The cold snap shows no sign of abating. Not until the weekend at any rate (over which we are promised grey skies and rain — brrr!).
As compelling a reason as can be to seek comfort amidst a cocoon of quilts. With cups of hot chocolate, mugs of tea with tulsi (Indian holy basil) and honey, tumblers of rum or brandy toddies lining up along the dresser as the shadows lengthen. All of which might slake the thirst (these room heaters are notoriously dehydrating), but leave me with a craving for a starch-induced stupor come six in the evening.
Having grabbed a hurried bowl of soup and a sandwich or salad at lunch, by this time I am ravenous. No discourtesy intended to either soup or salad, both of which are amongst my favourite meals. Just that I now need a carbohydrate fix — a bone marrow-deep sensation not unlike the chocolate craving of 3-pip-emma. Or the caffeine cold turkeyhood of 6-ack-emma.
By the time this compulsive urge has brought me to my knees, it's too late to patiently roll out parathas or proof a loaf of dough (or even knead soda bread). Fast and furious it has to be. For the Boy, the fix could have been fried potatoes or (alas for my Mauviel that it must bear this dishonour!) a pan of Maggi 2-minute noodles. For me, it's usually a non-instant pasta, wholewheat (because I like the bite — and it helps assuage the guilt from not filling up on phytonutrients first).
Last week, when some work-weary friends joined me at this critical hour, I found a fair flower to bedeck the pasta pot with. And a darker, more exotic blossom too.
Like all Brassicas — cabbage, kale, collard, Brussels sprout, kohlrabi and indeed broccoli — the cauliflower is a vegetable-drawer do-gooder. Very few calories in a whole head — perhaps as few as 200 in a large one. Fortifying folate and flu-fighting vitamin C, chockful of. Most important: it's mealy 'mouth feel' — intended in the best way! — makes it a potato substitute* with hardly any of that starch.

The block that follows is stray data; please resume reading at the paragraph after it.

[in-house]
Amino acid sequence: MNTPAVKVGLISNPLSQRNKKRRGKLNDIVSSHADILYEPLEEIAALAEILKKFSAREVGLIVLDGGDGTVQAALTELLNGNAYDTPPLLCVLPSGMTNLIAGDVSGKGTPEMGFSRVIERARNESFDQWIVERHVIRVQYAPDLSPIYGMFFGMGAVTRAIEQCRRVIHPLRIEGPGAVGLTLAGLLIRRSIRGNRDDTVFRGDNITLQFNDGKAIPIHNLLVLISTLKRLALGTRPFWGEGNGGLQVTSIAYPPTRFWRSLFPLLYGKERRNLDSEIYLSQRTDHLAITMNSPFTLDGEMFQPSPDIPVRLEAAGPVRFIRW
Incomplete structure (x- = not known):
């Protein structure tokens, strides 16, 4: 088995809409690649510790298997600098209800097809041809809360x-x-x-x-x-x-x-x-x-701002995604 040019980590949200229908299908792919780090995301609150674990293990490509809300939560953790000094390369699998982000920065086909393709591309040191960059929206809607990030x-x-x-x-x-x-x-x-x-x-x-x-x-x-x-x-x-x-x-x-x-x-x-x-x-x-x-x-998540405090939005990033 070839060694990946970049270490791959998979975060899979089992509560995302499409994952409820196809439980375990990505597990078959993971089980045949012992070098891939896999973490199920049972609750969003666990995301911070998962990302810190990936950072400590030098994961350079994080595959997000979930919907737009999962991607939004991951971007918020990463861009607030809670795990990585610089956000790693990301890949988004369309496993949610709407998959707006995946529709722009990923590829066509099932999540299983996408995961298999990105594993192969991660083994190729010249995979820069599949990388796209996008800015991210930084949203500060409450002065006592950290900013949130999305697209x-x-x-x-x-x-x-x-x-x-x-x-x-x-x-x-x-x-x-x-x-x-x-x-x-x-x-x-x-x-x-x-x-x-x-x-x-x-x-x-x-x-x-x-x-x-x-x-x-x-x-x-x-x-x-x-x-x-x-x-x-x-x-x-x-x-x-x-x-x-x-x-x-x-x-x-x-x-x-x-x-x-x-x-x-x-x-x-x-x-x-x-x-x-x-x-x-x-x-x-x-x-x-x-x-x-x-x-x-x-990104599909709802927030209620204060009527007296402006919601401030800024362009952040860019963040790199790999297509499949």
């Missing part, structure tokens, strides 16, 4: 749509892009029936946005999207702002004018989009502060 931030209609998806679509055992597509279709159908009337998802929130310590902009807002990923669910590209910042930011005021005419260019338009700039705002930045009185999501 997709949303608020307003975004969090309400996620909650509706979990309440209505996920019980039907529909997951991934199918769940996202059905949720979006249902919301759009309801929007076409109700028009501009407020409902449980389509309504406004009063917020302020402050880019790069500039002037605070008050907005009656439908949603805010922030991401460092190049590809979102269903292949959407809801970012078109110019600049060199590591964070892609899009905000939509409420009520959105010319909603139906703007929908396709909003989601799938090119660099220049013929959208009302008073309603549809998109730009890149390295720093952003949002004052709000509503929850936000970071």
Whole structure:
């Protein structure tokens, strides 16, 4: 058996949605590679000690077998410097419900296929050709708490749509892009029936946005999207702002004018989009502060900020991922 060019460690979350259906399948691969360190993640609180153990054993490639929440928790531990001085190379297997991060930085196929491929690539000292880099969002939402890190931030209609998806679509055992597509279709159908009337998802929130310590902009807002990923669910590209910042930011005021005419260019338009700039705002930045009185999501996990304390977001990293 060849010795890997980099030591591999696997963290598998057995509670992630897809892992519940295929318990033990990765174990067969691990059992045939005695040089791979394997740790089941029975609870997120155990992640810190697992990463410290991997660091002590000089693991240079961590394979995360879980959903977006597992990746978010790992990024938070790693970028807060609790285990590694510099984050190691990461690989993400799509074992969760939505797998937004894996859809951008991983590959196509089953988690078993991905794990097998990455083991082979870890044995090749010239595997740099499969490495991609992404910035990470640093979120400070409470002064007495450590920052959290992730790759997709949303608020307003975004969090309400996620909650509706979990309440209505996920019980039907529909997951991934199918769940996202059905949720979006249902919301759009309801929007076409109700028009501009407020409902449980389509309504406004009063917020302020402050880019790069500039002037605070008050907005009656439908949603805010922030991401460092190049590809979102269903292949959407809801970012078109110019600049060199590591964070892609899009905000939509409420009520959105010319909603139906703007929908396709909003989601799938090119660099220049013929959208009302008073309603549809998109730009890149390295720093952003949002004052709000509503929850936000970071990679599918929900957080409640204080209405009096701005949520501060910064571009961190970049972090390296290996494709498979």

So filling, yummy, but not sleepy-making. Perfect!
In this Sicilian-inspired recipe, cauliflower — a winter market staple here in India — is reminiscent of sunny climes in the most soothing way.
Only I was too impatient to bother with several pots like some recipes suggest (Three?! That's more than the number of burners on my gas stove!). Or to fuss with roasting tomatoes, of which I only had green ones. And crucially, I hadn't any anchovies — nay, not a single stray fin! (Caviar, yes, of a sort; tinned sardines and a can of tuna, too — but no anchovies, or even a kipper.)
Then, Lady Kitchen-Luck smiled. As I rummaged for a suitably salty, savoury substitute, I happened upon a jar of kehel muha badum, a spicy 'side' from Sri Lanka featuring shredded banana flowers and dried sprats in a smidgen of oil. A jar two years old and just a few months short of giving up the ghost of its 'Best before'. Hooray, for a larder-detoxing rescue!
So I skimmed though all those traditional, authentic and inspired recipes — and got cooking with none to hand. Just the merest outline retained in my head from reading. Yes, I wanted to be reckless today (a rare day, friends and family of this inveterate measurer and cookbook slave will tell you). And I wanted the unknown quantity, the X factor (my Sri Lankan relish) to guide my hand. (That and, erm, the fact that I had no pinenuts or raisins either.)**